Eric's Boom! Studios Comic Review: PLANET OF THE APES #8
Published: November 14, 2011 - 10:31pm
Planet of the Apes #8 has the great dialog and characters since the series' beginning, yet suffers from a lack of deliberate pacing and connectivity of plot elements. It's still entertaining, but less satisfying than it could be.
Planet of the Apes #8 still brings most of the quality from previous issues, but sometimes feels as if it gets ahead of itself becoming a bit confusing and disjointed. That said, the writing is very well done. Daryl Gregory's dialog is tight with a fair share of wit to go along with all of the stately goings on and rousing speeches. He accomplishes hard-to-convey-in-text sarcasm with an excellent amount of skill and precision in timing. The characters are wonderfully realized with personalities that truly represents the variety of emotions and reactions to conflict. That's the winning component. There's a beautiful tapestry at work here with memorable and consistent personae. While there is a definite protagonist and antagonist here, both geopolitical entities are portrayed in a way that allows each side to have a viable cause for action and recourse. Instead of a a clear cut dichotomy, there are various shades of gray. These are, however, aspects that have been established since the series' beginning.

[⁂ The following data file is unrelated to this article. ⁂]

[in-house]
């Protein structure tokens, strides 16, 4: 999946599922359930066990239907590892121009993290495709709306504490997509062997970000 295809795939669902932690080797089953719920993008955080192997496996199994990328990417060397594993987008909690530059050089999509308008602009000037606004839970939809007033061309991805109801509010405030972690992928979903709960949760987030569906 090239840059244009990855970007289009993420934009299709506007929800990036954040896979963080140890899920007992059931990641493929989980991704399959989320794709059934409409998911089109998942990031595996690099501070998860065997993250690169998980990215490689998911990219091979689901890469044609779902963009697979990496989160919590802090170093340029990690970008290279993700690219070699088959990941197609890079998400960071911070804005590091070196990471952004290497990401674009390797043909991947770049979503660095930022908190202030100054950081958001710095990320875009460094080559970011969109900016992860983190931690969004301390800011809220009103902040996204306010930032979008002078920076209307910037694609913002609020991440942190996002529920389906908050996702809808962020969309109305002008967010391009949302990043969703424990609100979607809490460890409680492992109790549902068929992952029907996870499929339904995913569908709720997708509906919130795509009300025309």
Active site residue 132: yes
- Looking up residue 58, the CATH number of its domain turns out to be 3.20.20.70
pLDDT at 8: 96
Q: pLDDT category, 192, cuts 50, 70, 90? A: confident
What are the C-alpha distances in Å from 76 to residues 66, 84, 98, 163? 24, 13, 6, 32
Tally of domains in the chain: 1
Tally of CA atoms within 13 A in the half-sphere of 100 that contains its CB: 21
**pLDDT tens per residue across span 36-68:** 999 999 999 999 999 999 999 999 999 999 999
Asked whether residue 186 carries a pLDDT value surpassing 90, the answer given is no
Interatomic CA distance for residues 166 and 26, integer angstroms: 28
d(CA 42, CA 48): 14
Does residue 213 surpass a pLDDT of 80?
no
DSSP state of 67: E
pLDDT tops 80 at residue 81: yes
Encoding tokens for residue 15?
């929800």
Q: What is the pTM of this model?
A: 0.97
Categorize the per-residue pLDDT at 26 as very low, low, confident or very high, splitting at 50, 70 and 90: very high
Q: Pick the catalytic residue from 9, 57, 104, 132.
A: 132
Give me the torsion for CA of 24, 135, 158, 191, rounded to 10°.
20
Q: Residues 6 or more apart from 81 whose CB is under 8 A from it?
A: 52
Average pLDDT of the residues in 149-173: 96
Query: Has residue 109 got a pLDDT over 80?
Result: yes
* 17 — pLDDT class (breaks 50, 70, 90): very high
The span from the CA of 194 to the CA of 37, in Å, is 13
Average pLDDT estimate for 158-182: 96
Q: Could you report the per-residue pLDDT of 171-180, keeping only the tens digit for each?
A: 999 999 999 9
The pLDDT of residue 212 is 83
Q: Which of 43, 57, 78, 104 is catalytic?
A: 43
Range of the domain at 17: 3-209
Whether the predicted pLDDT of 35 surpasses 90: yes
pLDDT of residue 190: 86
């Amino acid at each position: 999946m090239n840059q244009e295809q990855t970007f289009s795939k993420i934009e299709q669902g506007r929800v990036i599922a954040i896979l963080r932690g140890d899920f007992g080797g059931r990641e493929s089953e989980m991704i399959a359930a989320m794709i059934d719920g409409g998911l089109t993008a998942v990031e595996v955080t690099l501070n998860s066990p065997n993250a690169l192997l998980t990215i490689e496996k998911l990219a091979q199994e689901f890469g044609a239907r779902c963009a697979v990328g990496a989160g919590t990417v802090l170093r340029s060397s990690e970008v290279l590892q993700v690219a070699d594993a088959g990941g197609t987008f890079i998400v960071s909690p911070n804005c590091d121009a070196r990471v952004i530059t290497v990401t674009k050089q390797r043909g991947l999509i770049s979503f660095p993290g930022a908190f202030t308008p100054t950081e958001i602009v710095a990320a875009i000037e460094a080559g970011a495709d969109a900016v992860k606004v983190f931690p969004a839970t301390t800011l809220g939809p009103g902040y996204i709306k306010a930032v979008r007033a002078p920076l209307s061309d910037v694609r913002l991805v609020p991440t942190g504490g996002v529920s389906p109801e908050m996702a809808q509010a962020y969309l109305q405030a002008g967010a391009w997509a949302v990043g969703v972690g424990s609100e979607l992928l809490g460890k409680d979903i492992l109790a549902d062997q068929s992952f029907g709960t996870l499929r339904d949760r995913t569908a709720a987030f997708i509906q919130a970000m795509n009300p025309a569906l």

From that origin, things have been building up with such a nice, deliberate pace with all of the factions fully developed. It's a small shame that this single issue is so disjointed. Instead of letting things play out, the plot jumps from promising opening to the end in a way that is almost completely inexplicable. It's almost as if the creative team had a page limit on the story arc and were trying desperately to get their main points in before it expired. It takes away much of the thoughtful work that went into previous issues. Don't get me wrong, there's a lot of talent on display, but it never quite quells the feeling of being rushed.
Carlos Magno's art again is really great. He's really mastered the skill of drawing chaos. While Gregory gives readers the psychology, Magno hammers in the sociology. There's a big picture here and all of that is conveyed through the imagery. This is most apparent in the contrast found within the respective human and ape societies. From the first panel, one can see these two metropolises divided by a river with distinctive architecture on each side. This is consistent throughout giving each page a sense of conflict beyond the text. There's a lot going on and it's managed really well. There are still problems with Nolan Woodard's limited palette, but those who have been following the series thus far should see it as a facet of the book's style and not that much of a hinderance.
Story: Daryl Gregory
Art: Carlos Magno & Nolan Woodard
Cover: (A) Carlos Magno (B) Damian Couceiro (C) Scott Keating
On Sale November 16, 2011!